It must be restated that nobody in the Church of Jesus Christ should feel excused from receiving catechesis. This is true even of young seminarians and young religious, and of all those called to the task of being pastors and catechists. They will fulfill this task all the better if they are humble pupils of the Church, the great giver as well as the great receiver of catechesis.
46 From the oral teaching by the apostles and the letters circulating among the churches down to the most modern means, catechesis has not ceased to look for the most suitable ways and means for its mission, with the active participation of the communities and at the urging of the pastors. This effort must continue.
I think immediately of the great possibilities offered by the means of social communication and the means of group communication: television, radio, the press, records, tape recordings-the whole series of audio-visual means. The achievements in these spheres are such as to encourage the greatest hope. Experience shows, for example, the effect had by instruction given on radio or television, when it combines a high aesthetic level and rigorous fidelity to the magisterium. The Church now has many opportunities for considering these questions - as, for instance, on Social Communications Days - and it is not necessary to speak of them at length here, in spite of their prime importance.
47 I am also thinking of various occasions of special value which are exactly suitable for catechesis: for example, diocesan, regional or national pilgrimages, which gain from being centered on some judiciously chosen theme based on the life of Christ, of the Blessed Virgin or of the saints. Then there are the traditional missions, often too hastily dropped but irreplaceable for the periodic and vigorous renewal of Christian life - they should be revived and brought up to date. Again there are Bible-study groups, which ought to go beyond exegesis and lead their members to live by the Word of God. Yet other instances are the meetings of ecclesial basic communities, in so far as they correspond to the criteria laid down in the Apostolic Exhortation Evangelii nuntiandi.(91) I may also mention the youth groups that, under varying names and forms but always with the purpose of making Jesus Christ known and of living by the Gospel, are in some areas multiplying and flourishing in a sort of springtime that is very comforting for the Church. These include Catholic action groups, charitable groups, prayer groups and Christian meditation groups. These groups are a source of great hope for the Church of tomorrow. But, in the name of Jesus, I exhort the young people who belong to them, their leaders, and the priests who devote the best part of their ministry to them: no matter what it costs, do not allow these groups-which are exceptional occasions for meeting others, and which are blessed with such riches of friendship and solidarity among the young, of joy and enthusiasm, of reflection on events and facts - do not allow them to lack serious study of Christian doctrine. If they do, they will be in danger - a danger that has unfortunately proved only too real - of disappointing their members and also the Church.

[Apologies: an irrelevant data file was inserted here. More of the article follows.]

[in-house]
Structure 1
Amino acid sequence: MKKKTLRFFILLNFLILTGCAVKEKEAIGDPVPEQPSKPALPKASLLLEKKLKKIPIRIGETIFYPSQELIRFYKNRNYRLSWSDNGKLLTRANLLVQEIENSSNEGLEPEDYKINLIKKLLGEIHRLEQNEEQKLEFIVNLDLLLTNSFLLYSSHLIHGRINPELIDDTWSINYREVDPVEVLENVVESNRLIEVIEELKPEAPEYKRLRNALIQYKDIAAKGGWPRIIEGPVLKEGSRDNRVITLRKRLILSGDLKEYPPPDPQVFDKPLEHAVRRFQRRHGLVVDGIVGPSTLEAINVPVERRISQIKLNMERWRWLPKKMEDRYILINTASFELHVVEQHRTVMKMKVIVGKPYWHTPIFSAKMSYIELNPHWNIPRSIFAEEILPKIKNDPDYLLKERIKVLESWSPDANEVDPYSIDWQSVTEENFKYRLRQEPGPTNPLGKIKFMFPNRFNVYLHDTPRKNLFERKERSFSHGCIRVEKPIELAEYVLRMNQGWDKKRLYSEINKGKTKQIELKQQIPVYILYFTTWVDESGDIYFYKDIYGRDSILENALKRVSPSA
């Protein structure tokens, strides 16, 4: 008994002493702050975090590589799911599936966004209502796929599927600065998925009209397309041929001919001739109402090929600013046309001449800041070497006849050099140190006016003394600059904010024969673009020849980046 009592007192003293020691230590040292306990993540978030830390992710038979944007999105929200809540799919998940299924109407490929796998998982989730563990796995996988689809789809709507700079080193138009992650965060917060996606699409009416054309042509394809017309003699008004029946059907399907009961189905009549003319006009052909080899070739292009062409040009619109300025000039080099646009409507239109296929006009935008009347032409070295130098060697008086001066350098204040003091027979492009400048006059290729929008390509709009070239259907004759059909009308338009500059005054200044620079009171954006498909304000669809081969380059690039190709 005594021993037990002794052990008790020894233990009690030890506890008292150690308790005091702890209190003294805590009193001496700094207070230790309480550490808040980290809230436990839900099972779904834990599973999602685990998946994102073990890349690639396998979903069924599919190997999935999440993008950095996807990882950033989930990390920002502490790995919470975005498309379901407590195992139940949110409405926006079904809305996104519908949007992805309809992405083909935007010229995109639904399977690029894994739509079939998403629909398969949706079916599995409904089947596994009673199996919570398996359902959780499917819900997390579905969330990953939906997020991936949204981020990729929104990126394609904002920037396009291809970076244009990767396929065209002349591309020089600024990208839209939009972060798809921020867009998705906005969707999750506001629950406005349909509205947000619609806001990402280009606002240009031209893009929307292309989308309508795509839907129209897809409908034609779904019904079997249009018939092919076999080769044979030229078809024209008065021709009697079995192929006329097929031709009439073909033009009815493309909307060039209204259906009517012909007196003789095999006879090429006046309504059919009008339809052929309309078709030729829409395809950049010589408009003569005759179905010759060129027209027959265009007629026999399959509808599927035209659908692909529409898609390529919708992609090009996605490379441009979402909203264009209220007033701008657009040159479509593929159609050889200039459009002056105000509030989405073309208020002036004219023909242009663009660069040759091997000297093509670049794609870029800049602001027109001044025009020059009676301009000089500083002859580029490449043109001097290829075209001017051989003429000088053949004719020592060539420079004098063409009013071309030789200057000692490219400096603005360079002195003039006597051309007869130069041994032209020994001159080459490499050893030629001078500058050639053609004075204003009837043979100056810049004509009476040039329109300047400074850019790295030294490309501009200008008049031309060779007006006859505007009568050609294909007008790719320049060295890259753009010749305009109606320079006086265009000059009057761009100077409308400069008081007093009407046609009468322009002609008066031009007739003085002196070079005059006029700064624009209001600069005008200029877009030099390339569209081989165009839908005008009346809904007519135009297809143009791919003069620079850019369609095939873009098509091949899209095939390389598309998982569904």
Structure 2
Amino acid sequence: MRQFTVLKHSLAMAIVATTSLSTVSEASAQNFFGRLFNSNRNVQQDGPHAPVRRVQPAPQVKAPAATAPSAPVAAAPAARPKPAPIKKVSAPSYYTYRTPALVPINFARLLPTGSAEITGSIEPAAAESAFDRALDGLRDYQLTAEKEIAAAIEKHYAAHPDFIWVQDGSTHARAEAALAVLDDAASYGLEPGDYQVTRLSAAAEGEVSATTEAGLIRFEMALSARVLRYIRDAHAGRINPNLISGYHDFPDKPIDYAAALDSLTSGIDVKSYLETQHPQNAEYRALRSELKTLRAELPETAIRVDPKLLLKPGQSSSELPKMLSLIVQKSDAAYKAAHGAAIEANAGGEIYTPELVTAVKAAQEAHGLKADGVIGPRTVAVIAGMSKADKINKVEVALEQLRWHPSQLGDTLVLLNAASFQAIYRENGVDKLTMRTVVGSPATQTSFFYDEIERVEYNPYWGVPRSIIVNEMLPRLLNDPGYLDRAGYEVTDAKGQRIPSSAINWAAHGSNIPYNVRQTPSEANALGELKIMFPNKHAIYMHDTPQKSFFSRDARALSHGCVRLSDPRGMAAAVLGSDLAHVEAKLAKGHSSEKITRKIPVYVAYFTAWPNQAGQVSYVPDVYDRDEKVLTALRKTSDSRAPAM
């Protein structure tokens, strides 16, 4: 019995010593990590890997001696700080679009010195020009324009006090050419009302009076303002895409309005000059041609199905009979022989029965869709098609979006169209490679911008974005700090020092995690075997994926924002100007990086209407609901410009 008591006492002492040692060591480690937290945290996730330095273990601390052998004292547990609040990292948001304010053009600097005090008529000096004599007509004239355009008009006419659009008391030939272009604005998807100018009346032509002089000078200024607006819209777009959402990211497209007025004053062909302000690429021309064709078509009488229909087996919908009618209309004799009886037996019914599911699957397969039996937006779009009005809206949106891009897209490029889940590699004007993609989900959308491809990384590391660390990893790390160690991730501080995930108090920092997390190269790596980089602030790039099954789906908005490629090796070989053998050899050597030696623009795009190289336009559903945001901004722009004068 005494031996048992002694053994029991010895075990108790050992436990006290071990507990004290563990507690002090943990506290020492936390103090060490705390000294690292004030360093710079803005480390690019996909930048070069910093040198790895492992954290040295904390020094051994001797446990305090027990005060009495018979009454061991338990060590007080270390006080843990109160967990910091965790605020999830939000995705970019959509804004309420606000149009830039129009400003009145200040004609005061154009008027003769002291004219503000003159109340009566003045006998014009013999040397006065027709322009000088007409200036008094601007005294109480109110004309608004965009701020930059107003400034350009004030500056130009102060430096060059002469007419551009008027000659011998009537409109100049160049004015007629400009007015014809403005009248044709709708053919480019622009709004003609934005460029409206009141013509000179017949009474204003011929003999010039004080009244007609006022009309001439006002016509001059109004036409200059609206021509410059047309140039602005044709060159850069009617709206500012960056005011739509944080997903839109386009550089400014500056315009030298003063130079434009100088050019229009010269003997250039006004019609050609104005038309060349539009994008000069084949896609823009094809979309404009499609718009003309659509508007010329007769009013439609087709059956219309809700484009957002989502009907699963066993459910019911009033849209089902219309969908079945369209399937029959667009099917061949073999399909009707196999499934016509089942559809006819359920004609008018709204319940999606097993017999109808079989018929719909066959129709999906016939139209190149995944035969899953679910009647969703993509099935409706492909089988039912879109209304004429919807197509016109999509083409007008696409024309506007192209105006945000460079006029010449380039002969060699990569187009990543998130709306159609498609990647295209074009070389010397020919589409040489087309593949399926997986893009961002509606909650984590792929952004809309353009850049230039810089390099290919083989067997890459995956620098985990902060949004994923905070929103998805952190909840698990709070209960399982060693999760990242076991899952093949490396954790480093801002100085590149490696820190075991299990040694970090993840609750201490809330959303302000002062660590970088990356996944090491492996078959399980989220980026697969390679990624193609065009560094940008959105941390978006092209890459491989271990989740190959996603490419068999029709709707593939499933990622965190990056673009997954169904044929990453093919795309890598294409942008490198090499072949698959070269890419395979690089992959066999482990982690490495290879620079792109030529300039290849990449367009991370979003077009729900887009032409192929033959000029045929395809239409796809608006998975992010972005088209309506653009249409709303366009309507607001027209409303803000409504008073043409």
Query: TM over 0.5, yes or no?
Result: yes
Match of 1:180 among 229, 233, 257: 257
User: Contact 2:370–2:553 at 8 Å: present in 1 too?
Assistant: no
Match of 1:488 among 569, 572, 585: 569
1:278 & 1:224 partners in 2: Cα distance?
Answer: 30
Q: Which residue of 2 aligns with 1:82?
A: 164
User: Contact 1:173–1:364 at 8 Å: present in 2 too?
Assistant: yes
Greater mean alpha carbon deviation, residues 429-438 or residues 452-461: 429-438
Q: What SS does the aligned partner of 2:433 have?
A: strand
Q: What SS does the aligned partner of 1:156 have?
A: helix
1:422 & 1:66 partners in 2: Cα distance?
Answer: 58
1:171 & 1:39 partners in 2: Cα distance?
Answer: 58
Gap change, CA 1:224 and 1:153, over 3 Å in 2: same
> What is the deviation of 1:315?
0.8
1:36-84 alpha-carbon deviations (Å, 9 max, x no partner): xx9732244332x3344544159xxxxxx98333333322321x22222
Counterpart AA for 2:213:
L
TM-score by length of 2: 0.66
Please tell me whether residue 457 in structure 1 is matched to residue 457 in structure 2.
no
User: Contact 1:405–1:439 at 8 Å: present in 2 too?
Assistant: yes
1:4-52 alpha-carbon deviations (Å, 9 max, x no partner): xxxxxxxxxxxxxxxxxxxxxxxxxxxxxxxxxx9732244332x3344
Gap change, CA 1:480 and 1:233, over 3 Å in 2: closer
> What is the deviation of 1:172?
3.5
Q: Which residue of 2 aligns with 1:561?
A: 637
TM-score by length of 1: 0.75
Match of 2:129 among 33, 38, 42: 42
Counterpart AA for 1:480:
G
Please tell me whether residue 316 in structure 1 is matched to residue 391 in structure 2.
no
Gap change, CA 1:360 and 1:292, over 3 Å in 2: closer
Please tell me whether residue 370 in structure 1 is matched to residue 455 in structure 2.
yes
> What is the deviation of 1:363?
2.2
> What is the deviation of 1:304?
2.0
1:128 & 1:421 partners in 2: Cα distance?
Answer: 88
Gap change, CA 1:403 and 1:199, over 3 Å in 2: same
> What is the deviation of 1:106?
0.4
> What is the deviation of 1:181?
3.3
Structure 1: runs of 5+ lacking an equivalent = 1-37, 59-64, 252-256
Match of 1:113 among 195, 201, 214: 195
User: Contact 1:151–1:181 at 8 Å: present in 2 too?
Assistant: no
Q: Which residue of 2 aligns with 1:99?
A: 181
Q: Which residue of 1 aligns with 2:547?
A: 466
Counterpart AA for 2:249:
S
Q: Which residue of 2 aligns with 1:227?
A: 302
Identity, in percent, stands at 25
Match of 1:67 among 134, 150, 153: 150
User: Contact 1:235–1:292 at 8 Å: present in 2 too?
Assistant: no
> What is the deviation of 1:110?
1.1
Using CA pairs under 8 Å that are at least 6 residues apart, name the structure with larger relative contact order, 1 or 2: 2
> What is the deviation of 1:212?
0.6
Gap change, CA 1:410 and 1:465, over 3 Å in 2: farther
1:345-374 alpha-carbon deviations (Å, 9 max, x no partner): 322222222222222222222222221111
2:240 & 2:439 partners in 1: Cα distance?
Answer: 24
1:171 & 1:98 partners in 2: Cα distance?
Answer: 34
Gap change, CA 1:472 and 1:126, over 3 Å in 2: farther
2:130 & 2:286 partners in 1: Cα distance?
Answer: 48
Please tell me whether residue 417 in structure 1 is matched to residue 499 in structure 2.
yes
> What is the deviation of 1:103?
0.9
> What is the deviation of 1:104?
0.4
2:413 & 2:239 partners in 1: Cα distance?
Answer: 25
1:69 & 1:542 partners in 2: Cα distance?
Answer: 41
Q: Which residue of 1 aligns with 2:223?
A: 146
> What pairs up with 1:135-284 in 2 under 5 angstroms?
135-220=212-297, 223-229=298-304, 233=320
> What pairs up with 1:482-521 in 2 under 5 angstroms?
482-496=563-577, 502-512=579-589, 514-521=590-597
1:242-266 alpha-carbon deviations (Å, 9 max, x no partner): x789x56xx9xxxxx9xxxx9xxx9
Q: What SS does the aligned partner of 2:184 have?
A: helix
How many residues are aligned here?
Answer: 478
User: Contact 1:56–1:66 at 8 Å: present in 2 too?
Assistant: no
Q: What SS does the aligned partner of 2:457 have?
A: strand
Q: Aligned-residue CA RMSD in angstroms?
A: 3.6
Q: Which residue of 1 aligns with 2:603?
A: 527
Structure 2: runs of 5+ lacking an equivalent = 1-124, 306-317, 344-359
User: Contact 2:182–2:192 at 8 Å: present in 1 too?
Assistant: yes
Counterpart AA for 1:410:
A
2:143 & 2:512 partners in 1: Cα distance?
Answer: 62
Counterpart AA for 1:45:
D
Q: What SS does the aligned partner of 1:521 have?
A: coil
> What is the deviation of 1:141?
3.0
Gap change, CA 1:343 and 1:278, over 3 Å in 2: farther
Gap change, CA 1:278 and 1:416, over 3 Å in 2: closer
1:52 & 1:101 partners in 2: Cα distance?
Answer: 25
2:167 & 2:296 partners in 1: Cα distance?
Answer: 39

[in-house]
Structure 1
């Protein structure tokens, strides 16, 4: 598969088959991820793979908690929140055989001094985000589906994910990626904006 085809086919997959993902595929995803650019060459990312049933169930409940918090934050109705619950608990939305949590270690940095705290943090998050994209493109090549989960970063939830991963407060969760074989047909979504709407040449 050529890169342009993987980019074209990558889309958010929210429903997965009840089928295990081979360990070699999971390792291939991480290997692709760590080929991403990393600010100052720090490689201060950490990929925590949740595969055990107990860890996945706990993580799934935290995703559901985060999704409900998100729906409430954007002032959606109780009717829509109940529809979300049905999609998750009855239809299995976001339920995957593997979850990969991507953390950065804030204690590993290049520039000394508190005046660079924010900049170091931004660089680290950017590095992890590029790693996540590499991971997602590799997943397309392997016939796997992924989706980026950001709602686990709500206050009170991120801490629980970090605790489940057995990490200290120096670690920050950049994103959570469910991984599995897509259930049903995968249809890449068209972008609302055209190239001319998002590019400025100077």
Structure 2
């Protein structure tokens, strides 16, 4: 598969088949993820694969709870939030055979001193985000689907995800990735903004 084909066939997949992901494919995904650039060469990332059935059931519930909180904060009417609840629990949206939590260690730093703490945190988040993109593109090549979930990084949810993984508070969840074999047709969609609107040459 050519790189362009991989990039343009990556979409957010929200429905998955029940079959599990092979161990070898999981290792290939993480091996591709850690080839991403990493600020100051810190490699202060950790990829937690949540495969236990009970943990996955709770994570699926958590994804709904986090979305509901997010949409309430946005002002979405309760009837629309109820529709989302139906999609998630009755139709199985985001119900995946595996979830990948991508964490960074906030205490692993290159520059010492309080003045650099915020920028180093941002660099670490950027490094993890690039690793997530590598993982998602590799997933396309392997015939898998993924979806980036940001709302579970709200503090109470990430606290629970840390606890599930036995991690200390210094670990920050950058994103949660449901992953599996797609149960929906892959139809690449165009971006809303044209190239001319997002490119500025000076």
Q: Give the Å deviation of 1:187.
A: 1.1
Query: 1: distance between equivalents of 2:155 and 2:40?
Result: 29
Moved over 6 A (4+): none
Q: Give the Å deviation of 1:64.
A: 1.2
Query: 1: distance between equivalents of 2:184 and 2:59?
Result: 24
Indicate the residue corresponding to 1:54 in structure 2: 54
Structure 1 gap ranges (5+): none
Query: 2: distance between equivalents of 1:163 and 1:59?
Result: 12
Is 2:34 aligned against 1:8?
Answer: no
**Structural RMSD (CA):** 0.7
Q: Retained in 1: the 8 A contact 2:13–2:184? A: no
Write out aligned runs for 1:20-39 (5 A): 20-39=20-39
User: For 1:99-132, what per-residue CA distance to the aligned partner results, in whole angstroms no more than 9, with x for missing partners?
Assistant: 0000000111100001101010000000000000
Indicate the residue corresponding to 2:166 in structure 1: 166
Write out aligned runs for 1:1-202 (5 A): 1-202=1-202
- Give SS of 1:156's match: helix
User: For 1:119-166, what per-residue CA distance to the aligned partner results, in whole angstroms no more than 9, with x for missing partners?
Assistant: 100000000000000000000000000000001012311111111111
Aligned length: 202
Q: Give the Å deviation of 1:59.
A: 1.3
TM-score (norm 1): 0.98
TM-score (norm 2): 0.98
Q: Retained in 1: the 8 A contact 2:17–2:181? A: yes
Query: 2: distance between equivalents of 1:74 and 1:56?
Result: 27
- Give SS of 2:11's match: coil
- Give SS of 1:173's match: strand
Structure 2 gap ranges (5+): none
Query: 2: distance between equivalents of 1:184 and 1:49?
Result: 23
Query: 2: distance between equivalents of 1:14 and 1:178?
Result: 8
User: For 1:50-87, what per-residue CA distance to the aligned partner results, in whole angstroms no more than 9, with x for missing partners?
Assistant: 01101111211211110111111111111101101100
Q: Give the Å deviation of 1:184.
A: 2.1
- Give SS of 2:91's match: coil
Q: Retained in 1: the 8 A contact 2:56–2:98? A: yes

The catechetical endeavor that is possible in these various surroundings, and in many others besides, will have all the greater chance of being accepted and bearing fruit if it respects their individual nature. By becoming part of them in the right way, it will achieve the diversity and complementarity of approach that will enable it to develop all the riches of its concept, with its three dimensions of word, memorial and witness-doctrine, celebration and commitment in living - which the synod Message to the People of God emphasized.(92)
91. Cf. 58: AAS 68 (1976), pp. 46-49.
92. Cf. Synodus Episcoporum, De catechesi hoc nostro tempore tradenda praesertim pueris atque iuvenibus, Ad Populum Dei Nuntius, 7-10: loc. cit. , pp. PP 9-12 cf. "L'Osservatore Romano," October 30, 1977, p. 3.